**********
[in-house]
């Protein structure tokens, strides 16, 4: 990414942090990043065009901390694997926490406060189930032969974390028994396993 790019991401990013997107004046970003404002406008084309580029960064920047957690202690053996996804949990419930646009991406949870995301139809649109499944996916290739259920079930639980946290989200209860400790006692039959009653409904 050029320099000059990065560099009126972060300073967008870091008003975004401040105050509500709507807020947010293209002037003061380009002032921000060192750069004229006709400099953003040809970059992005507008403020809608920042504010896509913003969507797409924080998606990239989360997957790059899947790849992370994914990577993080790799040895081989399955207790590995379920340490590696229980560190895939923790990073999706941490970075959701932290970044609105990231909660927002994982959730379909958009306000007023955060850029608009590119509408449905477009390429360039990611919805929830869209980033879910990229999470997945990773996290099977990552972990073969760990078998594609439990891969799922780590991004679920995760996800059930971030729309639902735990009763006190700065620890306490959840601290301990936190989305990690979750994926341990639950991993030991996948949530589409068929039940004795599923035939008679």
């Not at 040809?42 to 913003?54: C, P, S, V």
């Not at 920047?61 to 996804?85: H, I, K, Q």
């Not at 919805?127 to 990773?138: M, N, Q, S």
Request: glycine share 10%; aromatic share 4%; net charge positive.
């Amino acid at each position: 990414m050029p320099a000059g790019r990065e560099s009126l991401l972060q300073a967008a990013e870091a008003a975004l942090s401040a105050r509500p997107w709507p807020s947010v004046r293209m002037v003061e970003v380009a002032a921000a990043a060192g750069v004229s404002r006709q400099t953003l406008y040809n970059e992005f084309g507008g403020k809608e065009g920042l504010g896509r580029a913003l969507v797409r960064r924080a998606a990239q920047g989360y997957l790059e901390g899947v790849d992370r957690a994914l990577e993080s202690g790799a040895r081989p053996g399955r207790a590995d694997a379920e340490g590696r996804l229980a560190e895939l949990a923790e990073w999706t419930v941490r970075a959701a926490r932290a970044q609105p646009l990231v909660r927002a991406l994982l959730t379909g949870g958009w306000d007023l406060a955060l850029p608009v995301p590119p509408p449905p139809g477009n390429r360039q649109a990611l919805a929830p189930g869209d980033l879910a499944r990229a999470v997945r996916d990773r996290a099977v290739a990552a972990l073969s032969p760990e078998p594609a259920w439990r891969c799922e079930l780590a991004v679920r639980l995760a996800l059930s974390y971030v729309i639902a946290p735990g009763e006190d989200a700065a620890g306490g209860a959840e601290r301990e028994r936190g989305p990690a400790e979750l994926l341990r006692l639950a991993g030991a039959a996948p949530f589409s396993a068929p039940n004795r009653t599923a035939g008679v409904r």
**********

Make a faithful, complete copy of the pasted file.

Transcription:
[in-house]
């Protein structure tokens, strides 16, 4: 990414942090990043065009901390694997926490406060189930032969974390028994396993 790019991401990013997107004046970003404002406008084309580029960064920047957690202690053996996804949990419930646009991406949870995301139809649109499944996916290739259920079930639980946290989200209860400790006692039959009653409904 050029320099000059990065560099009126972060300073967008870091008003975004401040105050509500709507807020947010293209002037003061380009002032921000060192750069004229006709400099953003040809970059992005507008403020809608920042504010896509913003969507797409924080998606990239989360997957790059899947790849992370994914990577993080790799040895081989399955207790590995379920340490590696229980560190895939923790990073999706941490970075959701932290970044609105990231909660927002994982959730379909958009306000007023955060850029608009590119509408449905477009390429360039990611919805929830869209980033879910990229999470997945990773996290099977990552972990073969760990078998594609439990891969799922780590991004679920995760996800059930971030729309639902735990009763006190700065620890306490959840601290301990936190989305990690979750994926341990639950991993030991996948949530589409068929039940004795599923035939008679």
């Not at 040809?42 to 913003?54: C, P, S, V």
């Not at 920047?61 to 996804?85: H, I, K, Q």
């Not at 919805?127 to 990773?138: M, N, Q, S």
Request: glycine share 10%; aromatic share 4%; net charge positive.
């Amino acid at each position: 990414m050029p320099a000059g790019r990065e560099s009126l991401l972060q300073a967008a990013e870091a008003a975004l942090s401040a105050r509500p997107w709507p807020s947010v004046r293209m002037v003061e970003v380009a002032a921000a990043a060192g750069v004229s404002r006709q400099t953003l406008y040809n970059e992005f084309g507008g403020k809608e065009g920042l504010g896509r580029a913003l969507v797409r960064r924080a998606a990239q920047g989360y997957l790059e901390g899947v790849d992370r957690a994914l990577e993080s202690g790799a040895r081989p053996g399955r207790a590995d694997a379920e340490g590696r996804l229980a560190e895939l949990a923790e990073w999706t419930v941490r970075a959701a926490r932290a970044q609105p646009l990231v909660r927002a991406l994982l959730t379909g949870g958009w306000d007023l406060a955060l850029p608009v995301p590119p509408p449905p139809g477009n390429r360039q649109a990611l919805a929830p189930g869209d980033l879910a499944r990229a999470v997945r996916d990773r996290a099977v290739a990552a972990l073969s032969p760990e078998p594609a259920w439990r891969c799922e079930l780590a991004v679920r639980l995760a996800l059930s974390y971030v729309i639902a946290p735990g009763e006190d989200a700065a620890g306490g209860a959840e601290r301990e028994r936190g989305p990690a400790e979750l994926l341990r006692l639950a991993g030991a039959a996948p949530f589409s396993a068929p039940n004795r009653t599923a035939g008679v409904r």